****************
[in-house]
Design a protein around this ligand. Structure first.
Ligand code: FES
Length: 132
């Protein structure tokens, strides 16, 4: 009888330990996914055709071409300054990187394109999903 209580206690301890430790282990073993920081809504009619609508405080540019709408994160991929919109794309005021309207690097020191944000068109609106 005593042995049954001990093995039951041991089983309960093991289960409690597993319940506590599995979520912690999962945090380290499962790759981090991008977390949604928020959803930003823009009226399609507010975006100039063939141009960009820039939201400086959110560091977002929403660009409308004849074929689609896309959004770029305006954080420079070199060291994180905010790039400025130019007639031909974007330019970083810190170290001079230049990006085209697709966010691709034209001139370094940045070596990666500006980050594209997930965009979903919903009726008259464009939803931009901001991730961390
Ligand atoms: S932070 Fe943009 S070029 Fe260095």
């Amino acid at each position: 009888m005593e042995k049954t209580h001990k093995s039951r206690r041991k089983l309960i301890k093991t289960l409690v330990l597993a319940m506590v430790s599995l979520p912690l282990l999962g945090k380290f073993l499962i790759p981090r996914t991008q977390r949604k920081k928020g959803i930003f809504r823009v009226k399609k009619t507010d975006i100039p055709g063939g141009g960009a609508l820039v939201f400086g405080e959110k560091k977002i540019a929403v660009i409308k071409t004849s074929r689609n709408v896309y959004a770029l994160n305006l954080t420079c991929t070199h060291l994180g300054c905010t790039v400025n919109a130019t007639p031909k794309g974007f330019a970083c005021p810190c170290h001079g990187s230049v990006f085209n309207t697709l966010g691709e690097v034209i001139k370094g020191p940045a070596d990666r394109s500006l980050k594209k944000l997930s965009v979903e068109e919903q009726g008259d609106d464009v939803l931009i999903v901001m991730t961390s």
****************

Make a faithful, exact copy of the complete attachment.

[in-house]
Design a protein around this ligand. Structure first.
Ligand code: FES
Length: 132
């Protein structure tokens, strides 16, 4: 009888330990996914055709071409300054990187394109999903 209580206690301890430790282990073993920081809504009619609508405080540019709408994160991929919109794309005021309207690097020191944000068109609106 005593042995049954001990093995039951041991089983309960093991289960409690597993319940506590599995979520912690999962945090380290499962790759981090991008977390949604928020959803930003823009009226399609507010975006100039063939141009960009820039939201400086959110560091977002929403660009409308004849074929689609896309959004770029305006954080420079070199060291994180905010790039400025130019007639031909974007330019970083810190170290001079230049990006085209697709966010691709034209001139370094940045070596990666500006980050594209997930965009979903919903009726008259464009939803931009901001991730961390
Ligand atoms: S932070 Fe943009 S070029 Fe260095």
């Amino acid at each position: 009888m005593e042995k049954t209580h001990k093995s039951r206690r041991k089983l309960i301890k093991t289960l409690v330990l597993a319940m506590v430790s599995l979520p912690l282990l999962g945090k380290f073993l499962i790759p981090r996914t991008q977390r949604k920081k928020g959803i930003f809504r823009v009226k399609k009619t507010d975006i100039p055709g063939g141009g960009a609508l820039v939201f400086g405080e959110k560091k977002i540019a929403v660009i409308k071409t004849s074929r689609n709408v896309y959004a770029l994160n305006l954080t420079c991929t070199h060291l994180g300054c905010t790039v400025n919109a130019t007639p031909k794309g974007f330019a970083c005021p810190c170290h001079g990187s230049v990006f085209n309207t697709l966010g691709e690097v034209i001139k370094g020191p940045a070596d990666r394109s500006l980050k594209k944000l997930s965009v979903e068109e919903q009726g008259d609106d464009v939803l931009i999903v901001m991730t961390s």